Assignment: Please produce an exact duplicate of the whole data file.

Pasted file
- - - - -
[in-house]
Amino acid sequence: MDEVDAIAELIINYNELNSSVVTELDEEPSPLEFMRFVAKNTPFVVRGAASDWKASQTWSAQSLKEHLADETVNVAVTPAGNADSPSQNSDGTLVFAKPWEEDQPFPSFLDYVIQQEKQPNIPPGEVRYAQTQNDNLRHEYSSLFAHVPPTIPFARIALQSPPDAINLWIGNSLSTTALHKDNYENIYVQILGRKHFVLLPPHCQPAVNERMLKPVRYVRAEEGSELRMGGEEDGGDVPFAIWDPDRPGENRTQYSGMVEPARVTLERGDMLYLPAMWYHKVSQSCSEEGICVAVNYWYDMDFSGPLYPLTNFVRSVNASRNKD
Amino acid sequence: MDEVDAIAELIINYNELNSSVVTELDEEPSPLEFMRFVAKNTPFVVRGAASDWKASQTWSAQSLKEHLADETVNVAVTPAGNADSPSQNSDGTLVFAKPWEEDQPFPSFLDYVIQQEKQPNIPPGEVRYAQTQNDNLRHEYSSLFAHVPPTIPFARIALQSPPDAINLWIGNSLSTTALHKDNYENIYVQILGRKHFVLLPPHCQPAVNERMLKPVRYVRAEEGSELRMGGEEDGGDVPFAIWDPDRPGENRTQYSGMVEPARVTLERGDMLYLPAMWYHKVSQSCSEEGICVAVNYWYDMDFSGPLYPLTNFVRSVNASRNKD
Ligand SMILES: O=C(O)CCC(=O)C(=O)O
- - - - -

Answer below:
[in-house]
Amino acid sequence: MDEVDAIAELIINYNELNSSVVTELDEEPSPLEFMRFVAKNTPFVVRGAASDWKASQTWSAQSLKEHLADETVNVAVTPAGNADSPSQNSDGTLVFAKPWEEDQPFPSFLDYVIQQEKQPNIPPGEVRYAQTQNDNLRHEYSSLFAHVPPTIPFARIALQSPPDAINLWIGNSLSTTALHKDNYENIYVQILGRKHFVLLPPHCQPAVNERMLKPVRYVRAEEGSELRMGGEEDGGDVPFAIWDPDRPGENRTQYSGMVEPARVTLERGDMLYLPAMWYHKVSQSCSEEGICVAVNYWYDMDFSGPLYPLTNFVRSVNASRNKD
Amino acid sequence: MDEVDAIAELIINYNELNSSVVTELDEEPSPLEFMRFVAKNTPFVVRGAASDWKASQTWSAQSLKEHLADETVNVAVTPAGNADSPSQNSDGTLVFAKPWEEDQPFPSFLDYVIQQEKQPNIPPGEVRYAQTQNDNLRHEYSSLFAHVPPTIPFARIALQSPPDAINLWIGNSLSTTALHKDNYENIYVQILGRKHFVLLPPHCQPAVNERMLKPVRYVRAEEGSELRMGGEEDGGDVPFAIWDPDRPGENRTQYSGMVEPARVTLERGDMLYLPAMWYHKVSQSCSEEGICVAVNYWYDMDFSGPLYPLTNFVRSVNASRNKD
Ligand SMILES: O=C(O)CCC(=O)C(=O)O